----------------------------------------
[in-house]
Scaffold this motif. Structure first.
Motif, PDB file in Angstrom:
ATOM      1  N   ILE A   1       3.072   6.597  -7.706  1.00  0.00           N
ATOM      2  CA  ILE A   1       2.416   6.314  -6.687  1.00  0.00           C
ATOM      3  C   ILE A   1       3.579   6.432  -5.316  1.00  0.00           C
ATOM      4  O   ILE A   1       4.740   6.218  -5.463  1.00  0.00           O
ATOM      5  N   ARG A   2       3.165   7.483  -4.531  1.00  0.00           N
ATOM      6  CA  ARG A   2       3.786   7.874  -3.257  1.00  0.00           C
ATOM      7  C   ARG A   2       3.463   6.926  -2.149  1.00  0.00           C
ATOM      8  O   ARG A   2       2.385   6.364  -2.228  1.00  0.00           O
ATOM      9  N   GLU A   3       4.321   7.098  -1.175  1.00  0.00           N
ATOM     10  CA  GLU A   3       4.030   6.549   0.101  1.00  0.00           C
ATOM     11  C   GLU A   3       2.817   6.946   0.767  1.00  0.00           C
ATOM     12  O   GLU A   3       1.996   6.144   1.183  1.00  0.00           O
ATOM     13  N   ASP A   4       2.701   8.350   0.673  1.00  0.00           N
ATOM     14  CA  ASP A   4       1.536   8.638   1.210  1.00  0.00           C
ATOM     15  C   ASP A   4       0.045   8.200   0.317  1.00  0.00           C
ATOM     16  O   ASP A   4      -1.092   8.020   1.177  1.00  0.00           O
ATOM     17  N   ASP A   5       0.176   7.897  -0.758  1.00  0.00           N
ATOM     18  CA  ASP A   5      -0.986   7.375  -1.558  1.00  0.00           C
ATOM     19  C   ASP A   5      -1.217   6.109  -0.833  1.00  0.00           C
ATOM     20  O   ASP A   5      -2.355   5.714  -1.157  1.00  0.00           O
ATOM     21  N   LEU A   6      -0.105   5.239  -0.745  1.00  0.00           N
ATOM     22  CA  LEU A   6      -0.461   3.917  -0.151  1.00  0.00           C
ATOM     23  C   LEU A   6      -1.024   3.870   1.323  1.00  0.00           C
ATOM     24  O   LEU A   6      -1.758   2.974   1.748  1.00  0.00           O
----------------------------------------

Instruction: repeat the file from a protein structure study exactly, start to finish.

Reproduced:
[in-house]
Scaffold this motif. Structure first.
Motif, PDB file in Angstrom:
ATOM      1  N   ILE A   1       3.072   6.597  -7.706  1.00  0.00           N
ATOM      2  CA  ILE A   1       2.416   6.314  -6.687  1.00  0.00           C
ATOM      3  C   ILE A   1       3.579   6.432  -5.316  1.00  0.00           C
ATOM      4  O   ILE A   1       4.740   6.218  -5.463  1.00  0.00           O
ATOM      5  N   ARG A   2       3.165   7.483  -4.531  1.00  0.00           N
ATOM      6  CA  ARG A   2       3.786   7.874  -3.257  1.00  0.00           C
ATOM      7  C   ARG A   2       3.463   6.926  -2.149  1.00  0.00           C
ATOM      8  O   ARG A   2       2.385   6.364  -2.228  1.00  0.00           O
ATOM      9  N   GLU A   3       4.321   7.098  -1.175  1.00  0.00           N
ATOM     10  CA  GLU A   3       4.030   6.549   0.101  1.00  0.00           C
ATOM     11  C   GLU A   3       2.817   6.946   0.767  1.00  0.00           C
ATOM     12  O   GLU A   3       1.996   6.144   1.183  1.00  0.00           O
ATOM     13  N   ASP A   4       2.701   8.350   0.673  1.00  0.00           N
ATOM     14  CA  ASP A   4       1.536   8.638   1.210  1.00  0.00           C
ATOM     15  C   ASP A   4       0.045   8.200   0.317  1.00  0.00           C
ATOM     16  O   ASP A   4      -1.092   8.020   1.177  1.00  0.00           O
ATOM     17  N   ASP A   5       0.176   7.897  -0.758  1.00  0.00           N
ATOM     18  CA  ASP A   5      -0.986   7.375  -1.558  1.00  0.00           C
ATOM     19  C   ASP A   5      -1.217   6.109  -0.833  1.00  0.00           C
ATOM     20  O   ASP A   5      -2.355   5.714  -1.157  1.00  0.00           O
ATOM     21  N   LEU A   6      -0.105   5.239  -0.745  1.00  0.00           N
ATOM     22  CA  LEU A   6      -0.461   3.917  -0.151  1.00  0.00           C
ATOM     23  C   LEU A   6      -1.024   3.870   1.323  1.00  0.00           C
ATOM     24  O   LEU A   6      -1.758   2.974   1.748  1.00  0.00           O